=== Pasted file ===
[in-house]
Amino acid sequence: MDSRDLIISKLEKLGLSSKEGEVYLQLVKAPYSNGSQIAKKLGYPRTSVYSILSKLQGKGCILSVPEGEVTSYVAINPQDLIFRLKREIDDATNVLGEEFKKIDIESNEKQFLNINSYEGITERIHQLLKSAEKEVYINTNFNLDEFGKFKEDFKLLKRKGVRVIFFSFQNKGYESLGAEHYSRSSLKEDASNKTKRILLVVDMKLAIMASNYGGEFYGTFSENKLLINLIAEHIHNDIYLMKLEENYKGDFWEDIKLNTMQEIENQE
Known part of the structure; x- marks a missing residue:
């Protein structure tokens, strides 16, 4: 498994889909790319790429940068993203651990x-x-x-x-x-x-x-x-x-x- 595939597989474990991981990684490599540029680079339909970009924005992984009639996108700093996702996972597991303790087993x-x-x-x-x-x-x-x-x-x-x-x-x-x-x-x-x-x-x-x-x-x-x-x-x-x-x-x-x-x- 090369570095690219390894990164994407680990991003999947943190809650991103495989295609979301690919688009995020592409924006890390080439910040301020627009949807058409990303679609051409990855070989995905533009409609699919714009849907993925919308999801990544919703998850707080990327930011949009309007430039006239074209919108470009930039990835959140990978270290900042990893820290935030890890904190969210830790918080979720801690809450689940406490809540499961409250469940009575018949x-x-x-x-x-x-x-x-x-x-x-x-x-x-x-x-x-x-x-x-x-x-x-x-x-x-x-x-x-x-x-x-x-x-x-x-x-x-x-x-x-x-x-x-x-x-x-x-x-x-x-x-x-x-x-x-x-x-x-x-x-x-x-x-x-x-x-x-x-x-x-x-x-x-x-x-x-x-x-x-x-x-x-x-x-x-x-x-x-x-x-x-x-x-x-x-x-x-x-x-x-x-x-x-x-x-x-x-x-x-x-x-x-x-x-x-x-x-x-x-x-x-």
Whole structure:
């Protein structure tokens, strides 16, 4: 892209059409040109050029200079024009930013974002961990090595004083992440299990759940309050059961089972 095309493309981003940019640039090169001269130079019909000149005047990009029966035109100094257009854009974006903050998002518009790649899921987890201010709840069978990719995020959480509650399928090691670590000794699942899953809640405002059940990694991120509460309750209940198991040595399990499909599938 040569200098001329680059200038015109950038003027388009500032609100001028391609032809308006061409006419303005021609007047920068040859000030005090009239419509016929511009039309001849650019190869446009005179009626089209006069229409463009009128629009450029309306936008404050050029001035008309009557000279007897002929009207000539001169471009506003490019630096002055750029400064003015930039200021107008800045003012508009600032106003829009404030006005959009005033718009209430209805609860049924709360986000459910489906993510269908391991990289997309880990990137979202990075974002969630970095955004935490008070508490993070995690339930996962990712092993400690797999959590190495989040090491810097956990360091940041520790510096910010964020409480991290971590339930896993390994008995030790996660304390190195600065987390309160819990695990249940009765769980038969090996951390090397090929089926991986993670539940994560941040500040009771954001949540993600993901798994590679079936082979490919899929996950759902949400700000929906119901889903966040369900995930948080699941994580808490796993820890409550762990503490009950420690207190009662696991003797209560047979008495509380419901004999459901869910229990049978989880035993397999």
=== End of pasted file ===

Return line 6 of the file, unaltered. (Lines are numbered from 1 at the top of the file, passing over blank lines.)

């Protein structure tokens, strides 16, 4: 892209059409040109050029200079024009930013974002961990090595004083992440299990759940309050059961089972 095309493309981003940019640039090169001269130079019909000149005047990009029966035109100094257009854009974006903050998002518009790649899921987890201010709840069978990719995020959480509650399928090691670590000794699942899953809640405002059940990694991120509460309750209940198991040595399990499909599938 040569200098001329680059200038015109950038003027388009500032609100001028391609032809308006061409006419303005021609007047920068040859000030005090009239419509016929511009039309001849650019190869446009005179009626089209006069229409463009009128629009450029309306936008404050050029001035008309009557000279007897002929009207000539001169471009506003490019630096002055750029400064003015930039200021107008800045003012508009600032106003829009404030006005959009005033718009209430209805609860049924709360986000459910489906993510269908391991990289997309880990990137979202990075974002969630970095955004935490008070508490993070995690339930996962990712092993400690797999959590190495989040090491810097956990360091940041520790510096910010964020409480991290971590339930896993390994008995030790996660304390190195600065987390309160819990695990249940009765769980038969090996951390090397090929089926991986993670539940994560941040500040009771954001949540993600993901798994590679079936082979490919899929996950759902949400700000929906119901889903966040369900995930948080699941994580808490796993820890409550762990503490009950420690207190009662696991003797209560047979008495509380419901004999459901869910229990049978989880035993397999």